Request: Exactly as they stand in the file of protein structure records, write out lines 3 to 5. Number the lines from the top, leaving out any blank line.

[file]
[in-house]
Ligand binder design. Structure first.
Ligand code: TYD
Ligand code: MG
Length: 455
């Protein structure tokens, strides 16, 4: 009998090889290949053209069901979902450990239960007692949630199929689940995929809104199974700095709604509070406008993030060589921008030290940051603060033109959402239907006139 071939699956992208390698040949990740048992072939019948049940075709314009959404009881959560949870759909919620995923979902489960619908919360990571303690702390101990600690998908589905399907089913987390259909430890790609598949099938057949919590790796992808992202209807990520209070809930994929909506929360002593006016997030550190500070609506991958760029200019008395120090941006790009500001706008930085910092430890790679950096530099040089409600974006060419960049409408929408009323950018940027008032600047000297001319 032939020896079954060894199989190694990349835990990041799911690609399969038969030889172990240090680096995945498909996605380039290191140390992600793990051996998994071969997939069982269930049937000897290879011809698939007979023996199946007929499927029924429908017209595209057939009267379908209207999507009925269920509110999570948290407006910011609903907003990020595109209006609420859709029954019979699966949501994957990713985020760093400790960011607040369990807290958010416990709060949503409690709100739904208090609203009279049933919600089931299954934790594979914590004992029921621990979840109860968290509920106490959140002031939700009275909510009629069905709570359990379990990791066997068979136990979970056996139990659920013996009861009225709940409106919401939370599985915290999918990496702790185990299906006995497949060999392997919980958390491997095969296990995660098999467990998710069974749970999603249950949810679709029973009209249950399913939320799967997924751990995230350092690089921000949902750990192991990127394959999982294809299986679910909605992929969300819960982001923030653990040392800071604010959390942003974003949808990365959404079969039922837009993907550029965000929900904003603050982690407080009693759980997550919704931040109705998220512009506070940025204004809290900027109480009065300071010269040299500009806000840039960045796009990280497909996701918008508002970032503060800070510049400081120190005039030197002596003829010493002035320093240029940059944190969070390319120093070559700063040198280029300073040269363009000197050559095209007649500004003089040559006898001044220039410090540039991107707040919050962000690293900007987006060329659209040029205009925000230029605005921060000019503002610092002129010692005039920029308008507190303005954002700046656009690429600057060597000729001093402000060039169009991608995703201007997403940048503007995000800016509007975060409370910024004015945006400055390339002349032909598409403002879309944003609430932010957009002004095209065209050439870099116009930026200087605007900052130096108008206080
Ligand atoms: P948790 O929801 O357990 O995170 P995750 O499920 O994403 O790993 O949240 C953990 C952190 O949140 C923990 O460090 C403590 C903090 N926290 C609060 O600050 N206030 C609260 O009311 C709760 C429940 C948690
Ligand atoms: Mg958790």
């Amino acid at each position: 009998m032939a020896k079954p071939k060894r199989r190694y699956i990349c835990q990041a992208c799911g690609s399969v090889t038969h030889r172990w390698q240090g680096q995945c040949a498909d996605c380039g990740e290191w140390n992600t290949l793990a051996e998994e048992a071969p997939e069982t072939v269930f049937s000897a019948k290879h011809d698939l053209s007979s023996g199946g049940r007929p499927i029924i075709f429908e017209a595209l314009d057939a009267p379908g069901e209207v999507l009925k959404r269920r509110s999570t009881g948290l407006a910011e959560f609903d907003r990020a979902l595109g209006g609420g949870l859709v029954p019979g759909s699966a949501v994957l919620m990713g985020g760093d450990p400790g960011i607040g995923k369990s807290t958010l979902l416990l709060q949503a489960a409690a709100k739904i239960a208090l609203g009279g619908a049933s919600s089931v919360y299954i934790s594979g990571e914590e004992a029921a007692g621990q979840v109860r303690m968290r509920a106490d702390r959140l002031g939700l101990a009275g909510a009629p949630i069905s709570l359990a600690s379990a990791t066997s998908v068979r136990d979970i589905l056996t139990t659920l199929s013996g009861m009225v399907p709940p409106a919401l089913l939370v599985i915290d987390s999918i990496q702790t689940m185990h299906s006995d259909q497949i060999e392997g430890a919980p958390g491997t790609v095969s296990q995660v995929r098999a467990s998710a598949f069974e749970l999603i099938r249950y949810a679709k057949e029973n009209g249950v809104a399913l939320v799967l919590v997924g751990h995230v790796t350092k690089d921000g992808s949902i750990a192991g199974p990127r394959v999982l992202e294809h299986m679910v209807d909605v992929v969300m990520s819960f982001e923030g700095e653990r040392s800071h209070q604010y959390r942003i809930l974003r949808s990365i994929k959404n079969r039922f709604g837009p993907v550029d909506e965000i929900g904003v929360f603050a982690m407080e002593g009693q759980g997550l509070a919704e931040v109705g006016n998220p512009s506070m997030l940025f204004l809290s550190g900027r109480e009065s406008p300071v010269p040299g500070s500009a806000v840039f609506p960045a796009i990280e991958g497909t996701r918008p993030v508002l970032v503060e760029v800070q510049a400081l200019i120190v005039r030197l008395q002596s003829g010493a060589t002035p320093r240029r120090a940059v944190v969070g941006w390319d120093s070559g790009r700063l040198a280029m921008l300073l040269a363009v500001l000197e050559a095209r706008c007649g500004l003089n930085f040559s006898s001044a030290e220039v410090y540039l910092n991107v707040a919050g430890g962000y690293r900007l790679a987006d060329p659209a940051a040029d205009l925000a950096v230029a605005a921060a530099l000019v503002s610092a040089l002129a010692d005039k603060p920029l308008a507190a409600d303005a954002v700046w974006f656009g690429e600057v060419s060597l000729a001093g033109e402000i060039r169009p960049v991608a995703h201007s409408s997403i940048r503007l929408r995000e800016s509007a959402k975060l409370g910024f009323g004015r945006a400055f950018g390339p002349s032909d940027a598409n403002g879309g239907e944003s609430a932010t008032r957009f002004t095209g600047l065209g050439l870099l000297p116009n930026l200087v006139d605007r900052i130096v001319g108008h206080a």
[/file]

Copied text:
Ligand code: TYD
Ligand code: MG
Length: 455